Hardiness: USDA Zone 3b: to -37.2 °C (-35 °F) USDA Zone 4a: to -34.4 °C (-30 °F) USDA Zone 4b: to -31.6 °C (-25 °F) USDA Zone 5a: to -28.8 °C (-20 °F) USDA Zone 5b: to -26.1 °C (-15 °F) USDA Zone 6a: to -23.3 °C (-10 °F) USDA Zone 6b: to -20.5 °C (-5 °F) USDA Zone 7a: to -17.7 °C (0 °F) USDA Zone 7b: to -14.9 °C (5 °F) USDA Zone 8a: to -12.2 °C (10 °F) USDA Zone 8b: to -9.4 °C (15 °F) USDA Zone 9a: to -6.6 °C (20 °F) USDA Zone 9b: to -3.8 °C (25 °F)
Sun Exposure: Sun to Partial Shade Light Shade Partial to Full Shade
On May 23, 2013, plant_it from Valparaiso, IN wrote:
I like the tiny, fragrant, creamy white flowers that appear at the stem ends in spring. Flowers are followed by greenish berries which turn an attractive ruby red in summer. Foliage turns a respectable yellow in fall. Birds and wildlife enjoy the berries.
On Jul 30, 2008, daryl from vernon, BC (Zone 6a) wrote:
The aboriginal peoples of the southern interior of British Columbia had many uses for the false Solomon's seal.The Secwepemc used the roots as a blood purifier,and the Nlaka'pmx used them as an internal medicine and "woman's medicine".The young greens and fleshy rhizomes were eaten by the Secwepemc and others.The Secwepemc,Nlaka'pmx ,Okanagan and the Lil'wae'ul also ate the berries.In the spring,the St'at'imc gathered the rhizomes and berries to make a cleanser for fishing nets.The name Solomon's seal is thought to refer to the rhizomes,which, when cut,bear surface scars or markings that resemble the seal of Solomon,a six pointed star.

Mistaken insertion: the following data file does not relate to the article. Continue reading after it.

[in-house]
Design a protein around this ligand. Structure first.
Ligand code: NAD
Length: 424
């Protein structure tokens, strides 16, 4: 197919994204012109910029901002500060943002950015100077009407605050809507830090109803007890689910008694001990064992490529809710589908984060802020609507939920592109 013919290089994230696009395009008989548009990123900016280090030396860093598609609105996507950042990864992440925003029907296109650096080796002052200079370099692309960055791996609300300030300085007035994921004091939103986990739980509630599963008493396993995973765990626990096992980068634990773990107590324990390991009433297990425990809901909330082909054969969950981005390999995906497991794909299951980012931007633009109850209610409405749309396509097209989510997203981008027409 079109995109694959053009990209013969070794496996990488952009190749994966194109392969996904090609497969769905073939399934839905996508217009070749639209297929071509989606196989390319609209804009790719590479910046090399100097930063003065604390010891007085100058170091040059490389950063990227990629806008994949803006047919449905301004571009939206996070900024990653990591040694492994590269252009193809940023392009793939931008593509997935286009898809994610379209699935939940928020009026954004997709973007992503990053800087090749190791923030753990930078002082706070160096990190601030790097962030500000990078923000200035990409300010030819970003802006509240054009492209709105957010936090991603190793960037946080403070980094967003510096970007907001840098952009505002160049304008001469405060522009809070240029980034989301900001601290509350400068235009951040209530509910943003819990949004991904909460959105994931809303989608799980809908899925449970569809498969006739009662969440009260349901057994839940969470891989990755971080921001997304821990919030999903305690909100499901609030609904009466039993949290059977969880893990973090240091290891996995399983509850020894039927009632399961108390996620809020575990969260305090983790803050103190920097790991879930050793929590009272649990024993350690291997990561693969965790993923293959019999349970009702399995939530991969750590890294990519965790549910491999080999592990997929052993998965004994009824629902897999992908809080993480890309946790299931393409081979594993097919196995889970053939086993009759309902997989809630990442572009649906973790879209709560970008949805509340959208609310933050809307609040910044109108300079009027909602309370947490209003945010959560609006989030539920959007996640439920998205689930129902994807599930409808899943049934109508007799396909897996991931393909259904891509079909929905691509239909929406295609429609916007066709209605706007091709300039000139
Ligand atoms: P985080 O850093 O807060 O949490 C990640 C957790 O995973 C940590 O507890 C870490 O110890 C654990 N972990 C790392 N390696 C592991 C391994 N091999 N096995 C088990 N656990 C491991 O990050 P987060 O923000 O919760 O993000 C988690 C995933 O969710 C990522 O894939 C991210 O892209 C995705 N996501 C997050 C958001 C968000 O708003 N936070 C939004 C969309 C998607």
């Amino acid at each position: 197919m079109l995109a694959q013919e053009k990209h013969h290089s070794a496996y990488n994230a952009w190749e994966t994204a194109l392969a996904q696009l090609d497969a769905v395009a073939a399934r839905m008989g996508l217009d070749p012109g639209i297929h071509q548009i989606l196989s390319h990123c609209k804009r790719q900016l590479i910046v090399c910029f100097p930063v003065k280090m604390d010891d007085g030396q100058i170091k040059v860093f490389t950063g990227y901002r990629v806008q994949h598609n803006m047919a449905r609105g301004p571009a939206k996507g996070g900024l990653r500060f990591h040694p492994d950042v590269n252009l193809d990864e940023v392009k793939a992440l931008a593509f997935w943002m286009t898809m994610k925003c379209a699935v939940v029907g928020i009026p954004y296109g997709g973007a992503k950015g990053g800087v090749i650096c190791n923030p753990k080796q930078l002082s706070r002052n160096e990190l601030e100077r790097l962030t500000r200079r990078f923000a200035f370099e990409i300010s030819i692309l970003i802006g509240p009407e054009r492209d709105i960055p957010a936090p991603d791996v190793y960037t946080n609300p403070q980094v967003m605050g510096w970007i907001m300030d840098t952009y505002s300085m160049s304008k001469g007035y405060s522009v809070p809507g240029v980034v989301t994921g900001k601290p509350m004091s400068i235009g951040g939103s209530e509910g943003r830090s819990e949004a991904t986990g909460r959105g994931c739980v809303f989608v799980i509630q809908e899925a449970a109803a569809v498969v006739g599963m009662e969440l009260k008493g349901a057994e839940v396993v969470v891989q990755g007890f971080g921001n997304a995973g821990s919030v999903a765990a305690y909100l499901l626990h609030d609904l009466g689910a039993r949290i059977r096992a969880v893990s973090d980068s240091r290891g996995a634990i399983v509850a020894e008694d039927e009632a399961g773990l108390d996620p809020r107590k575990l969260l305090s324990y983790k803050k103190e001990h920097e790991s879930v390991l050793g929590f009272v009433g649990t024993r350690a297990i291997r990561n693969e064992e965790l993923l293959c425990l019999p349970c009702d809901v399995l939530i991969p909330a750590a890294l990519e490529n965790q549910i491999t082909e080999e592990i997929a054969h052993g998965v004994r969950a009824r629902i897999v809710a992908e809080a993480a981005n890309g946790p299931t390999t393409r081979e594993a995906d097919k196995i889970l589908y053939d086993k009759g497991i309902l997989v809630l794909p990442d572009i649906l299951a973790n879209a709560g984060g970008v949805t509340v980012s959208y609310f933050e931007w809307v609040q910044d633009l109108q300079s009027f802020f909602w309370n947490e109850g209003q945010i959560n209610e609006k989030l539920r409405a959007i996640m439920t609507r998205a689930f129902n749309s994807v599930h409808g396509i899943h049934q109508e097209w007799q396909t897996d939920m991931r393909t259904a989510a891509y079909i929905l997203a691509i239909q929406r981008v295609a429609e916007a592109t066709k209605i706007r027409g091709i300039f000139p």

On Feb 13, 2006, raisedbedbob from Walkerton, VA (Zone 7a) wrote:
According to the Peterson Field Guide to Medicinal Plants, American Indians used a root tea for constipation, rheumatism, and a stomach tonic. Root smoke was inhaled to treat insanity and to quiet a crying child. Leaf tea was used as a contraceptive and for coughs. Exrernally used for bleeding, rashes and itch.
Small,starry creamy white flowers are borne in terminal, plume-like clusters. Red berries ripen in late summer.
Plants burn in full sun; give shade, especially from afternoon sun.
This plant has been said to grow in the following regions:
Cullman, Alabama Parker, Colorado Onaway, Idaho Moline, Illinois Lafayette, Indiana New Carlisle, Indiana Valparaiso, Indiana Des Moines, Iowa Bethelridge, Kentucky Richmond, Maine Brookeville, Maryland Loch Lynn Heights, Maryland Bridgewater, Massachusetts Foxborough, Massachusetts Haydenville, Massachusetts Holland, Massachusetts Grand Haven, Michigan Milford, Michigan Royal Oak, Michigan Minneapolis, Minnesota Cole Camp, Missouri Piedmont, Missouri Frenchtown, New Jersey Blossvale, New York Canastota, New York Croton-on-hudson, New York Barker Heights, North Carolina Glouster, Ohio Salem, Oregon Laflin, Pennsylvania Millersburg, Pennsylvania Pittsburgh, Pennsylvania India Hook, South Carolina Elwood, Utah Leesburg, Virginia Lexington, Virginia Merrimac, Virginia Virginia Beach, Virginia Kalama, Washington Marrowstone, Washington Port Hadlock-irondale, Washington Port Townsend, Washington Walnut Grove, Washington Ellsworth, Wisconsin